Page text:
One of the themes that has recurred in 2015 is that of System-on-Chip temperatures, primarily because of a story Qualcomm would like the media to forget – the high temperatures that their flagship processor, the Snapdragon 810, showed during both benchmarking and real-world use. There appears to have been a disconnect somewhere between the chassis designer not providing adequate cooling and the software engineers not considering the heat output of the chipset when running at maximum power, perhaps augmented by chipset heat specifications being optimistic from the designer. As the chipsets (and batteries) of devices heat up, so the software progressively underclocks the chipset – stopping the higher performance cores from running and reducing the maximum clock speed of the device. In effect, this meant that after running a moderate workload (such as browsing a number of webpages using the Chrome browser), devices based around some 2015 flagship processors were little quicker or responsive than those running a 2014 flagship processor.
For 2016, the chip designers are working on products designed to output less heat and smartphone designers have publically modified designs to improve cooling, but one interesting question is: how big an issue is this? How hot do our devices get when working hard? Testbird, a company interested in compatibility testing, have published some interesting statistics showing the arithmetic average (mean) System-on-Chip temperatures combined with the peak reported temperatures for an extensive list of tested chipsets. These tests are conducted using Testbird’s normal procedure: the testing and monitoring applications are installed onto a stock device with the latest official software version, and tests are conducted using as many devices as is possible (up to three hundred) in order to obtain the most data. Most applications are tested for an hour, so in the case of games this includes opening the application, logging in, switching screens and similar. This ensures a degree of heat soak into devices, as whilst games rarely run a device at maximum performance all of the time, they work many components relatively hard.
The highest temperatures recorded in the table equate to the Qualcomm Snapdragon 200, at 63.9 degrees C, followed by the Marvell PXA1088 at 61.7 degrees. Other manufacturer chipsets only just exceed 50 degrees C. The Qualcomm Snapdragon 800 belongs in the list of chipsets with a maximum reported temperature over 50 degrees C together with the popular Snapdragon 400. MediaTek chipsets dominate at the lower end of the scale, with five chipsets populating the list, together with three Qualcomm chipsets, the HiSilicon Kirin 935 and the Samsung Exynos 5260. However, maximum recorded temperatures are just one part of the equation: the averaged reported temperatures are interesting too. Here, the top ten average temperatures are between 36 to 38 degrees C and the hottest chip is the Spreadtrum SC8810i, an older generation 1.0 GHz single core processor built on a 40nm process. Notably, the Qualcomm Snapdragon 805 appears in this list with an average temperature of 37.5 degrees C. At the bottom of the list, the average coolest running chipsets are split between four MediaTek and six Qualcomm processors, with the quad-core MediaTek MT6589 as being the coolest chip in the test group and having an average temperature of a shade over 26 degrees C.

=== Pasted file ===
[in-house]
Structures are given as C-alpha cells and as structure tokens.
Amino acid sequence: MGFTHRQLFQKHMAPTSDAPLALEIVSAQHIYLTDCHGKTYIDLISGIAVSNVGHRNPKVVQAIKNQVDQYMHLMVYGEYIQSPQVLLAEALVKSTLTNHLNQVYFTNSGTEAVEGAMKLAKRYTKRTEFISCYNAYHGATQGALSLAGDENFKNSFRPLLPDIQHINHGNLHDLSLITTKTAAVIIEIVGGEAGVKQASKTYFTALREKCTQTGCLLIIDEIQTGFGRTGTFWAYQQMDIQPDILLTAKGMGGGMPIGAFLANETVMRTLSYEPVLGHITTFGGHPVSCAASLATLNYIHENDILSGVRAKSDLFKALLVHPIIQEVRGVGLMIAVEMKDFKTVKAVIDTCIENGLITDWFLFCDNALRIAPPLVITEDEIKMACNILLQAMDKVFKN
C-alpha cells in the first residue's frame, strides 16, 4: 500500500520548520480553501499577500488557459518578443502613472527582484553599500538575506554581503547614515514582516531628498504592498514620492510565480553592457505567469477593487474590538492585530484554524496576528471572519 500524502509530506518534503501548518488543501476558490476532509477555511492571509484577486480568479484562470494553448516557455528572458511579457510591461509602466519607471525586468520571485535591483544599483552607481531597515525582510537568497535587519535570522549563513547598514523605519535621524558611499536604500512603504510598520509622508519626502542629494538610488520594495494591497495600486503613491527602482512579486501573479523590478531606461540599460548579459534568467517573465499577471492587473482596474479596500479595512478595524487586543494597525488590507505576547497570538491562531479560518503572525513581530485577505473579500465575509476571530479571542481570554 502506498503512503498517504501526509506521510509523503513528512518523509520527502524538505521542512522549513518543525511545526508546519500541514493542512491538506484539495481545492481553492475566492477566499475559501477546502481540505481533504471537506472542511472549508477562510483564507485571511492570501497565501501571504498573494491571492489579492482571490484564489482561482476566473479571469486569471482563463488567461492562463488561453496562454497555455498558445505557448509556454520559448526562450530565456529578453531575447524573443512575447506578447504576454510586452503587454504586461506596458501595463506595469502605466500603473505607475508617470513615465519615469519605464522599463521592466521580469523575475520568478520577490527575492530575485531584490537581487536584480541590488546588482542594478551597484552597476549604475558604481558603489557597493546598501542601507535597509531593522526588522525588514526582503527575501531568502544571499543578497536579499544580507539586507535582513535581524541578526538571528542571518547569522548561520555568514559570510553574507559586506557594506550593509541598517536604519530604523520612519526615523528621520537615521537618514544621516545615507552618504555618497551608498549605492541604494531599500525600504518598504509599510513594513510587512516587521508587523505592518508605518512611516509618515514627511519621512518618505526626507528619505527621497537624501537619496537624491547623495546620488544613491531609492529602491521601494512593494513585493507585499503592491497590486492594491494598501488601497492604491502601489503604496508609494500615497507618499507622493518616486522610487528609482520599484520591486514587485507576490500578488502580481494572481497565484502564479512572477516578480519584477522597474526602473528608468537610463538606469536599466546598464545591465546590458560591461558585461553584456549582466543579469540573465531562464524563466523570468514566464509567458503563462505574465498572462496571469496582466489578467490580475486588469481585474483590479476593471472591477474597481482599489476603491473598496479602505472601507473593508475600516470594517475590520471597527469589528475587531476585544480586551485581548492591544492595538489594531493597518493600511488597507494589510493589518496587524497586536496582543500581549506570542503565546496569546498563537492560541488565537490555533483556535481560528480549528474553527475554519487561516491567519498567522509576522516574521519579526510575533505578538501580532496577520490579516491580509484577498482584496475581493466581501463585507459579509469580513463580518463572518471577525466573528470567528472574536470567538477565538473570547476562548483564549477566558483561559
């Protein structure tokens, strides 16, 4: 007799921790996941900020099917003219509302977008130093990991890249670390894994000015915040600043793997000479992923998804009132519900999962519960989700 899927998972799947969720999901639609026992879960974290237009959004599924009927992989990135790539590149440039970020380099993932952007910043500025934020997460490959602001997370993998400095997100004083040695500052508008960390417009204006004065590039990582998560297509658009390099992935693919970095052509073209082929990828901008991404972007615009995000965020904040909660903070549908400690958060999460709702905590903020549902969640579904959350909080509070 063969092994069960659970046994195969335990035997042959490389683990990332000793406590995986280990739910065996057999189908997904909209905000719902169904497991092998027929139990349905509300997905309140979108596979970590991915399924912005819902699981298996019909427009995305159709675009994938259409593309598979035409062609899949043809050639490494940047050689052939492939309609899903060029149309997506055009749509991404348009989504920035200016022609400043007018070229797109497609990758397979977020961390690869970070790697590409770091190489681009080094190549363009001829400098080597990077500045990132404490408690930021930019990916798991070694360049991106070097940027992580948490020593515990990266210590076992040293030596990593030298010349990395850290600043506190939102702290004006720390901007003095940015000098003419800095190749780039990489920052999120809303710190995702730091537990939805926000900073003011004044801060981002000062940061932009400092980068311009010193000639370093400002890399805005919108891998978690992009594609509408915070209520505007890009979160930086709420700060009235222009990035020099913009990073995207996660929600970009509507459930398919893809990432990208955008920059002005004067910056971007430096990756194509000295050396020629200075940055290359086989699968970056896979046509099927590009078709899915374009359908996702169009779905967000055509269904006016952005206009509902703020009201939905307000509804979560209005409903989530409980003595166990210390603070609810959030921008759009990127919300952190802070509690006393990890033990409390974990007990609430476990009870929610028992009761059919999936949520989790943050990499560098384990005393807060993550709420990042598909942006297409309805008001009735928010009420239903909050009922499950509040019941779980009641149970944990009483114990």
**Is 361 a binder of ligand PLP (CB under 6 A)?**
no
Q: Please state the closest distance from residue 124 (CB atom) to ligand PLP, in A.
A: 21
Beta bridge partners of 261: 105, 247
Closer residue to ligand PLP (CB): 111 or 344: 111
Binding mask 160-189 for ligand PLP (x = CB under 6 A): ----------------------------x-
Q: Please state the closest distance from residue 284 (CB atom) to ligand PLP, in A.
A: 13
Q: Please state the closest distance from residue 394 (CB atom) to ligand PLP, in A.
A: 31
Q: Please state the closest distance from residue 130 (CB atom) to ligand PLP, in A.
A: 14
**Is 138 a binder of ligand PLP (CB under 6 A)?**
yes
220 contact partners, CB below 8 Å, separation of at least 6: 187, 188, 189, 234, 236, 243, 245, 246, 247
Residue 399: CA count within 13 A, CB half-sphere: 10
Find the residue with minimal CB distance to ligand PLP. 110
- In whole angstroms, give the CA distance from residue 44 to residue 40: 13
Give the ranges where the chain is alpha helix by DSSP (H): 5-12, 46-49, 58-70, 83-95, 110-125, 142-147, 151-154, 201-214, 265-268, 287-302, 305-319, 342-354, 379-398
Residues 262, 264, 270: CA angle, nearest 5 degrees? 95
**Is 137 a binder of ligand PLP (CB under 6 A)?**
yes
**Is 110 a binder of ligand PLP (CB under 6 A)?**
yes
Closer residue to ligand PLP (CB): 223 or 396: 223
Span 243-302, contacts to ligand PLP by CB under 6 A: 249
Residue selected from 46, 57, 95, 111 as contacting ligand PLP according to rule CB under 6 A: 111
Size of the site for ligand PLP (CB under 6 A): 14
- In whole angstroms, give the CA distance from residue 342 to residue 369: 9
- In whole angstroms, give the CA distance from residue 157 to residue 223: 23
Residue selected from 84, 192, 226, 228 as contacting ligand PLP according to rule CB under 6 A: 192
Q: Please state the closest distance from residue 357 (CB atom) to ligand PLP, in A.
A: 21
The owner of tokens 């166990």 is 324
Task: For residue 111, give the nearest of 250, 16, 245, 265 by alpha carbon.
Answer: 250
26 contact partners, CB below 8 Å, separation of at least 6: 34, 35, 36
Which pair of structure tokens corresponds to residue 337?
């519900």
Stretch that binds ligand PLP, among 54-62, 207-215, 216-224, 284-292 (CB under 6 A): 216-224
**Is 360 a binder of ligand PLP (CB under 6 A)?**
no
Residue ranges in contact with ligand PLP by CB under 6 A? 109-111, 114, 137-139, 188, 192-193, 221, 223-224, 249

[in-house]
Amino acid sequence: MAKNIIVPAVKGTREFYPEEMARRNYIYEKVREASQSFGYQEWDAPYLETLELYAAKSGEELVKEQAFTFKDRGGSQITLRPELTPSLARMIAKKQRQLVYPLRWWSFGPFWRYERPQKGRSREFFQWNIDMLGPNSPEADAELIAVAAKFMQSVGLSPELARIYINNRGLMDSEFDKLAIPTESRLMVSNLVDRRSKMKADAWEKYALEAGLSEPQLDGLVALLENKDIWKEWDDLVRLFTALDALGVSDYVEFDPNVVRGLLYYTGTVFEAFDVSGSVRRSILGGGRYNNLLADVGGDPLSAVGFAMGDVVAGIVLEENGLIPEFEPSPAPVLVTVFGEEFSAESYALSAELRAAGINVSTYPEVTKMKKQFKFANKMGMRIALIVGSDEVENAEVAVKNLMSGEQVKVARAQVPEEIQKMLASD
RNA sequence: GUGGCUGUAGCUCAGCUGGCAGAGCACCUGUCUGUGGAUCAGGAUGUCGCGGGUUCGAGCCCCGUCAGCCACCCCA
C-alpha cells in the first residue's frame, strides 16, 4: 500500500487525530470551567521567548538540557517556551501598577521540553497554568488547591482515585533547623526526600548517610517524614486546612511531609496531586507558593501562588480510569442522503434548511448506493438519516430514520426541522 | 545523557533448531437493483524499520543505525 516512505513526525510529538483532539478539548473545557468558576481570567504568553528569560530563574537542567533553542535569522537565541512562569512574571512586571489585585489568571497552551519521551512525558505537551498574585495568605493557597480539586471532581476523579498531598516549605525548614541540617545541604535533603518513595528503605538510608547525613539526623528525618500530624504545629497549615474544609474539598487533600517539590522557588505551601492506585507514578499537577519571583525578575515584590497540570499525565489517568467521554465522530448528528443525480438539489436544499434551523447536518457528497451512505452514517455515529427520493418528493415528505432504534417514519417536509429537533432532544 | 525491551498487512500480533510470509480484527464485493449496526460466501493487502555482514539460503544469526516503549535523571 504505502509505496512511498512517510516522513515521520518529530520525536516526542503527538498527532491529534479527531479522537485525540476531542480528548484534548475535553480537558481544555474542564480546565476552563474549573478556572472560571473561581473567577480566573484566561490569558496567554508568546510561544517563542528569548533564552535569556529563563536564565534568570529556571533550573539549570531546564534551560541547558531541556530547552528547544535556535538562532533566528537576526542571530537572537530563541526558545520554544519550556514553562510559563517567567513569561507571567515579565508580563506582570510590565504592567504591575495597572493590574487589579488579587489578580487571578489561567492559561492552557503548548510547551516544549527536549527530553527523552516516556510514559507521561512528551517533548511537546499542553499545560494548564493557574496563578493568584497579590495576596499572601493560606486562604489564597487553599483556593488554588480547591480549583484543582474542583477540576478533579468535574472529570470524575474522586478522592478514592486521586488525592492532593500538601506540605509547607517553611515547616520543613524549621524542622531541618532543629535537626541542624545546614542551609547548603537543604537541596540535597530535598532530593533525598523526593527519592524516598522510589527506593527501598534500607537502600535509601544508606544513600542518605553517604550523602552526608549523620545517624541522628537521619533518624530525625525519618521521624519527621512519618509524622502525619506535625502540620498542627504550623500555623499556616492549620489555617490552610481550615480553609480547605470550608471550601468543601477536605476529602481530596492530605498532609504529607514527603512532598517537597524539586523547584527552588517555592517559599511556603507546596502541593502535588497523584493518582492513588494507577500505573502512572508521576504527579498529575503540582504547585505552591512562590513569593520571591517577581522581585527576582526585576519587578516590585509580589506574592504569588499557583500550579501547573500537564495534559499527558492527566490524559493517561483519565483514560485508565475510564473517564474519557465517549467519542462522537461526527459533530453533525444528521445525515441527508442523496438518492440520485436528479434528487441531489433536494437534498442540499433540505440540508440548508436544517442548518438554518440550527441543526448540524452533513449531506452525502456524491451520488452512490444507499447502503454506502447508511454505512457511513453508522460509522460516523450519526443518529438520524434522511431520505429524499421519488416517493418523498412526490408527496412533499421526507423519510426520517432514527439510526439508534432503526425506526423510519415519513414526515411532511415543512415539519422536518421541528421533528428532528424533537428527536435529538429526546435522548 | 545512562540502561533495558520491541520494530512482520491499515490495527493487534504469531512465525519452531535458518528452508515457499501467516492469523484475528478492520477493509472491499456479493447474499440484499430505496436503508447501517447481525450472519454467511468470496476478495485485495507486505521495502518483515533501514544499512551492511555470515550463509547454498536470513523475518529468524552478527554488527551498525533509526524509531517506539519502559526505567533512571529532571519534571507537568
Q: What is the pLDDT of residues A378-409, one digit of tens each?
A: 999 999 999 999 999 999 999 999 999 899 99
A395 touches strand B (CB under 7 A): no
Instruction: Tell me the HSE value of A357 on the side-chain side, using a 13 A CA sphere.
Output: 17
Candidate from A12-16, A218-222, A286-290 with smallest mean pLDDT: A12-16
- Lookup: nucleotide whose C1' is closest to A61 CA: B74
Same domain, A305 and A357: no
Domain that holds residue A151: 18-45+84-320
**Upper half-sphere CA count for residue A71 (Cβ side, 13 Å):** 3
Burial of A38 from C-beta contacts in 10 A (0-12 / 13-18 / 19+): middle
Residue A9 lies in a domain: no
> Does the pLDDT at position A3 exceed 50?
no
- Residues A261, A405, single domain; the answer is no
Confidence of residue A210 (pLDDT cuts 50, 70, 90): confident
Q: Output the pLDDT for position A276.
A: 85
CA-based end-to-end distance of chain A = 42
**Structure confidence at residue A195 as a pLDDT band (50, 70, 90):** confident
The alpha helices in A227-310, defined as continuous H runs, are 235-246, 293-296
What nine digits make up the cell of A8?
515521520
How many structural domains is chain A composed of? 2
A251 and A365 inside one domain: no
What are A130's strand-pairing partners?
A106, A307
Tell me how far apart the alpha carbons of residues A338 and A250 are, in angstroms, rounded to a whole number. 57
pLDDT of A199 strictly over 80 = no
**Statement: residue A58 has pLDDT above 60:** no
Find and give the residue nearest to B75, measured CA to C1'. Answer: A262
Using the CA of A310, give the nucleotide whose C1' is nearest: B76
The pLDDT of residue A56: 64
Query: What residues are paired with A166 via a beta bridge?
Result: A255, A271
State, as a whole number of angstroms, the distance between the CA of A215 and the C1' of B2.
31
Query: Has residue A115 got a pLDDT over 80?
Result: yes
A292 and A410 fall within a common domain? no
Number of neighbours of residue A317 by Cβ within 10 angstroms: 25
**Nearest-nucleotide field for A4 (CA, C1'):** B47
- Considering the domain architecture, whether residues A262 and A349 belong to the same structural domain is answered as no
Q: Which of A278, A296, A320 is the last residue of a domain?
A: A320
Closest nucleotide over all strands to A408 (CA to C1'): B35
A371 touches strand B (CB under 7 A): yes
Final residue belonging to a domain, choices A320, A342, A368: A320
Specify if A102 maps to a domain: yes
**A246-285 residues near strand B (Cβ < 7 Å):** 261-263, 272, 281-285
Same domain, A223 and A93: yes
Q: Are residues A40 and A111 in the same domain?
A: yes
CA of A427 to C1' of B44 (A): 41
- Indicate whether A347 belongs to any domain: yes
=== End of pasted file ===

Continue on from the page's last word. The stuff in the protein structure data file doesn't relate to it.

Looking through the results, three chipsets stand out as having a wide difference between the average and peak temperatures: the Marvell PXA1088, the Qualcomm Snapdragon 200 and the Qualcomm Snapdragon MSM8528 (possibly belonging to the Snapdragon 400 series). This wide disparity might indicate that under certain load conditions, these chipsets run at a high temperature but are usually much cooler. Or it might indicate a compromised device design (with poor chassis cooling) and the processor is aggressively underclocked because of high temperatures. Unfortunately, we don’t have information as to the applications or games being tested or the devices in use.
Another trend looking through the data is that most manufacturers show a similar average and peak temperatures, with Marvell and Spreadtrum showing a higher average and MediaTek and HiSilicon showing the lowest average temperature. Unfortunately, Testbird’s information does not include the 2015 flagship chipsets, and Texas Instruments no longer manufacture chipsets. It would be interesting to see how the likes of the Exynos 7420 and Snapdragon 810, or the newer generation devices, cope with these tests. We also do not have full details as to what the tests are and if the workload is standardized or normalized – what screen resolution and detail were the games running in, as if a more modern device runs the application or game at a higher screen resolution, it is working the GPU harder, which could increase System-on-Chip temperatures. We also need to be aware that different devices will be better able to dissipate heat than other designs. Nevertheless, with an eye over historical data, the coolest chipset manufacturer is MediaTek.